The Frequently Asked Questions about DISCUS Desktop
- What file formats does DISCUS Desktop support?
- What are the minimum PC requirements necessary to use DISCUS Desktop?
- What is a TDP and how is it used in relation to DISCUS Desktop?
- When I mark-up a drawing, does it alter the original?
- Can DISCUS Desktop produce inspection sheets in various formats?
- DISCUS Desktop saves my data in a data file with the extension *.DIS. Does this data file contain the actual drawings and specs?
- What is a “requirement image” or “snap rectangle”?
DISCUS Desktop opens files in both the Adobe PDF and TIFF formats. DISCUS Desktop generates outputs in PDF and Excel formats. With optional add-on modules, you can also open HPGL, DWF, as well as a large list of 3D CAD formats.
|Operating System:||XP, Vista, 7||Windows 7|
|2.0+ GHz processor||2.0+ GHz processor|
TDP is an acronym for Technical Data Package. DISCUS uses this term to refer to the collection of drawings, specifications, and other documents related to the requirements for a part or assembly. Notionally, DISCUS saves all of this data as a TDP.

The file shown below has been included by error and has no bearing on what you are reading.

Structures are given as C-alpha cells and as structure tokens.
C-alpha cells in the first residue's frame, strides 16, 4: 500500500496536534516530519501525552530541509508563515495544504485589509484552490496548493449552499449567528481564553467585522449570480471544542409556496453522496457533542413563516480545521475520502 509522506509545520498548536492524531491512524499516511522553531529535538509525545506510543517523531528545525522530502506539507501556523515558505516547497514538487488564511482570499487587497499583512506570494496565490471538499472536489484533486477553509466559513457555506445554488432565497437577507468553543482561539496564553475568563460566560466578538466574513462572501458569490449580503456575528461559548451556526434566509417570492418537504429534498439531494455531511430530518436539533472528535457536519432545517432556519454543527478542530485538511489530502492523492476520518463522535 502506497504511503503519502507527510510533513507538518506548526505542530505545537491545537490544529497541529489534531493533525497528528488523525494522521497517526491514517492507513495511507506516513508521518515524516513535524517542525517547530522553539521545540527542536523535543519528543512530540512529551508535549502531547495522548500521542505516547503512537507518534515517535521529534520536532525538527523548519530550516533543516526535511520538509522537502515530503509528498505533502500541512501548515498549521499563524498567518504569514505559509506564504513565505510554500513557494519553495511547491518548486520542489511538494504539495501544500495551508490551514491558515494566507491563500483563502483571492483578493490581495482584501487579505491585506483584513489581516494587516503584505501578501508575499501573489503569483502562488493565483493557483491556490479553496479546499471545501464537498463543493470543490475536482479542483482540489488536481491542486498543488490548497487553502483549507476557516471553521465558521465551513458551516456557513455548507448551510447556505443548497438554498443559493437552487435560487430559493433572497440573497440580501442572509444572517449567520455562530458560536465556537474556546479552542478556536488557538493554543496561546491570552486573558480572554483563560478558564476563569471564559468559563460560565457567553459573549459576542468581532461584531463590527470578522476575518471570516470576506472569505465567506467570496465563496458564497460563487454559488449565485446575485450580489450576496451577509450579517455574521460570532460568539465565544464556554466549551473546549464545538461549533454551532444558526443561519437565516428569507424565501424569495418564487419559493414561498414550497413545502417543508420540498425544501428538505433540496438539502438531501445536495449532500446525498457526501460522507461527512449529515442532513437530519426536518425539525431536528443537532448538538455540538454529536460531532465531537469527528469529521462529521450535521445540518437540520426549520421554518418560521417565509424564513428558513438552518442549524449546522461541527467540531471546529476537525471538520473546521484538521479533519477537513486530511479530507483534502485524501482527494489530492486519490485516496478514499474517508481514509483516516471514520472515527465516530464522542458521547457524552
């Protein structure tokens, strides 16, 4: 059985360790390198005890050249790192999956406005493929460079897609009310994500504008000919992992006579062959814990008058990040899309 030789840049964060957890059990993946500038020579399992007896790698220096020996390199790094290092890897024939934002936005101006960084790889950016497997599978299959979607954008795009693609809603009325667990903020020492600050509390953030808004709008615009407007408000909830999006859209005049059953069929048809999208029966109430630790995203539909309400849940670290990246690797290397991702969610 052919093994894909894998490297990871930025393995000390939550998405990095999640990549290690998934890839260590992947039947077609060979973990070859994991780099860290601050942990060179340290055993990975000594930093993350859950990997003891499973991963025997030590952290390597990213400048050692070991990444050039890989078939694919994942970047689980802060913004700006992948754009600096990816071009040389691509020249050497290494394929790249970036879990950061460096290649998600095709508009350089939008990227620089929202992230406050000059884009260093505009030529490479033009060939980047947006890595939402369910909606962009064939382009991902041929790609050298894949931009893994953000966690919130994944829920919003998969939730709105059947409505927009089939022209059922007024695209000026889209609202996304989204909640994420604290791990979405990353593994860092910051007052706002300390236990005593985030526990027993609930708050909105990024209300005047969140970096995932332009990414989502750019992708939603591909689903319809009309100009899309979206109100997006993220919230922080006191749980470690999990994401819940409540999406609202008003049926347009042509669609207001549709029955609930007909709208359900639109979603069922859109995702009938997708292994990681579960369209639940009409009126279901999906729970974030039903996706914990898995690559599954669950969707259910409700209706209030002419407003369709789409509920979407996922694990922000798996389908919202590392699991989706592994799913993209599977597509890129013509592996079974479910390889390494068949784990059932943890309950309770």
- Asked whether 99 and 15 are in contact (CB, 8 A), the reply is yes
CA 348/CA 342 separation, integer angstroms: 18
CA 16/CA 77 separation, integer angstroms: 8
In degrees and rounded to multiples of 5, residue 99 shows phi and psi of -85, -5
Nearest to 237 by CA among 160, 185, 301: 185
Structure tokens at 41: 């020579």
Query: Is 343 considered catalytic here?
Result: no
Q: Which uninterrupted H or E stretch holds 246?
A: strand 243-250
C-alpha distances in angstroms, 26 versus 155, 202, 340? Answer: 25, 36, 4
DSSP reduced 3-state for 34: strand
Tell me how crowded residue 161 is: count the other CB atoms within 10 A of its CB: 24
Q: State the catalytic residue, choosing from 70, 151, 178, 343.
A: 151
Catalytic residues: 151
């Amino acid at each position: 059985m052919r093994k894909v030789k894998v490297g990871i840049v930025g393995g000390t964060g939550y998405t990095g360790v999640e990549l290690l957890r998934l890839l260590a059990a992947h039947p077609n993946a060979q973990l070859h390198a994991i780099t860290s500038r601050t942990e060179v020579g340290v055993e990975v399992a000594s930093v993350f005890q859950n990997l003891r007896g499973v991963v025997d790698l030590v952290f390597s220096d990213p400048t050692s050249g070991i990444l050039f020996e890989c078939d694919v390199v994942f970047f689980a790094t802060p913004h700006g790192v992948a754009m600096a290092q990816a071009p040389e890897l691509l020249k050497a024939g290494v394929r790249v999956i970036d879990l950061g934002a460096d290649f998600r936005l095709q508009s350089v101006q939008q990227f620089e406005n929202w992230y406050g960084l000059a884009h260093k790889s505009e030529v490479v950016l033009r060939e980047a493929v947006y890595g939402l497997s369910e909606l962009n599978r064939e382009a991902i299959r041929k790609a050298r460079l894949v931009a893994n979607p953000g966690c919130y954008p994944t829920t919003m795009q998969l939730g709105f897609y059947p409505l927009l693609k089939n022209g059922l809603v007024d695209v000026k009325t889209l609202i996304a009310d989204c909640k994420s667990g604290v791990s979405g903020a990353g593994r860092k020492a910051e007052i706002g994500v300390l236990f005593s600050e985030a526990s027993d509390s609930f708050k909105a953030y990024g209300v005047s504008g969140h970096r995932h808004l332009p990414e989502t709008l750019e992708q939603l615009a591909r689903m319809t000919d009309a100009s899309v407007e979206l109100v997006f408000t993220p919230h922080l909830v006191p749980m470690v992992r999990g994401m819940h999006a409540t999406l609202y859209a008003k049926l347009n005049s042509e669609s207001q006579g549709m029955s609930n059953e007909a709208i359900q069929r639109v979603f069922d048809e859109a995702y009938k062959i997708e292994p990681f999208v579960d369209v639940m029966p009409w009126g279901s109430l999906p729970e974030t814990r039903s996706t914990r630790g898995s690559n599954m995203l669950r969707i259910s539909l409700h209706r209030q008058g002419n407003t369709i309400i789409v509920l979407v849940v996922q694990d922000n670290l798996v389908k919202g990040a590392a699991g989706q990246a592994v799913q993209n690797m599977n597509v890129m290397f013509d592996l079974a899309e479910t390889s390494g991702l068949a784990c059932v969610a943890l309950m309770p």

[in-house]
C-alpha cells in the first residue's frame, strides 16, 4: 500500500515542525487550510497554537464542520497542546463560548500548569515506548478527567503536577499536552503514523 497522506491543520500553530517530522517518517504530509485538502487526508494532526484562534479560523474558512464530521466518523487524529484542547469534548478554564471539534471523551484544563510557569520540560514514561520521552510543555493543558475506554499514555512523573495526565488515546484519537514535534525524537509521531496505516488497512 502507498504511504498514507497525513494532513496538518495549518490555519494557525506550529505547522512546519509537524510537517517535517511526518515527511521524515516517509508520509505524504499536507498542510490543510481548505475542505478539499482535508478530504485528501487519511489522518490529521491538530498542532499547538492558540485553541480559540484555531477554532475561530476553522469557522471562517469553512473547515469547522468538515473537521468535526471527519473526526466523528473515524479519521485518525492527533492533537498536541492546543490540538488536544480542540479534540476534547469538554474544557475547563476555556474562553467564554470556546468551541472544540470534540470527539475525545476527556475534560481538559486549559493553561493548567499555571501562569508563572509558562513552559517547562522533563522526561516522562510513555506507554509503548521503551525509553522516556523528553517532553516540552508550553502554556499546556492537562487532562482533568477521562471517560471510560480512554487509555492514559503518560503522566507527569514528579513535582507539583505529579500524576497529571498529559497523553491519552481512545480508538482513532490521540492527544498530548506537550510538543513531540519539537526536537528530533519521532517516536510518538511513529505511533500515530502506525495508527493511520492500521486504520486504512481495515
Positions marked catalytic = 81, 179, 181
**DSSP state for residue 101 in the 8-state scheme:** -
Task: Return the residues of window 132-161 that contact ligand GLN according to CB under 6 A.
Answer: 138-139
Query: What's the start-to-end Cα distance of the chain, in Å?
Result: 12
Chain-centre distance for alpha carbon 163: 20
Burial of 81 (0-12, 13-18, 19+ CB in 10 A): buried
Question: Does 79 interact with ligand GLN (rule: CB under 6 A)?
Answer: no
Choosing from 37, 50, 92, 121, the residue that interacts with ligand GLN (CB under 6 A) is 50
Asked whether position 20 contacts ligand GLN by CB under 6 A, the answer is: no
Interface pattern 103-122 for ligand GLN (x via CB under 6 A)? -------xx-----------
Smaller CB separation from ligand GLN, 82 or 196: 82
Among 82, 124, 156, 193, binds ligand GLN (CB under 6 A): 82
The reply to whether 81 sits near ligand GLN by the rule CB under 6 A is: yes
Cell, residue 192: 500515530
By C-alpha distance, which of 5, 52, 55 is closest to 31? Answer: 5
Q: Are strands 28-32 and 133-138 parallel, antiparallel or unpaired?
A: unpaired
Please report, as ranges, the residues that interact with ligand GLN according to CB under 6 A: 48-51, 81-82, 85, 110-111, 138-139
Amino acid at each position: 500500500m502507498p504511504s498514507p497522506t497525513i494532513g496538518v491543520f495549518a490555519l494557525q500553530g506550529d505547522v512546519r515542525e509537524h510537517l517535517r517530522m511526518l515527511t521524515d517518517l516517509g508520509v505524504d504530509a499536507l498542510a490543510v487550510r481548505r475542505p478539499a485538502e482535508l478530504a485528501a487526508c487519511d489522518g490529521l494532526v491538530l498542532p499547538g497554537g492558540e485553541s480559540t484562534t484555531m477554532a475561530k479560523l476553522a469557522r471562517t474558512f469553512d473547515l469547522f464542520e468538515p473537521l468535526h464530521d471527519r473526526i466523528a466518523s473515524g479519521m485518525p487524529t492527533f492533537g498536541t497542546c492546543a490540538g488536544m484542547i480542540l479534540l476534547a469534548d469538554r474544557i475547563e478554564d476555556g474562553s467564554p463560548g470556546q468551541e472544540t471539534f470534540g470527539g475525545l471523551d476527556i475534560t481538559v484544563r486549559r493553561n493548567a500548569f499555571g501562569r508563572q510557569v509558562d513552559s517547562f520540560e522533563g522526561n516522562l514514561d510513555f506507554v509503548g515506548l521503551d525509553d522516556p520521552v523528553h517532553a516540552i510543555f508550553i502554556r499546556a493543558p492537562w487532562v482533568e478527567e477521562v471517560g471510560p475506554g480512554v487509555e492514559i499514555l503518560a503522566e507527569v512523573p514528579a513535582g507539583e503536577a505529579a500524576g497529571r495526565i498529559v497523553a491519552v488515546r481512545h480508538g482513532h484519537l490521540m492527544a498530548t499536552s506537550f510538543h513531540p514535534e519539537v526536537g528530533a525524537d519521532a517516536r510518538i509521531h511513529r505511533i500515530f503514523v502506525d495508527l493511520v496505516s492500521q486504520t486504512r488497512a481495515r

Marking-up or ballooning a drawing with DISCUS in no way alters the original drawing. Your mark-up is really an overlay DISCUS places on the drawing. This approach ensures the integrity of your original drawing.
DISCUS has built-in Excel templates that are compliant with various inspection standards such as AS9102. However, it is also possible to create custom Excel templates to support formats for both internal and customer-required inspection forms.
DISCUS Desktop saves my data in a file with the extension *.DIS. Does this data file contain the actual drawings and specs?
No. The DISCUS data file only contains links or “pointers” to these files.
It is a unique and powerful feature that allows you to very quickly and accurately gather requirement information from drawings, specifications, and notes. A snap rectangle is literally a snapshot taken of pertinent information you need and added to the Bill of Characteristics.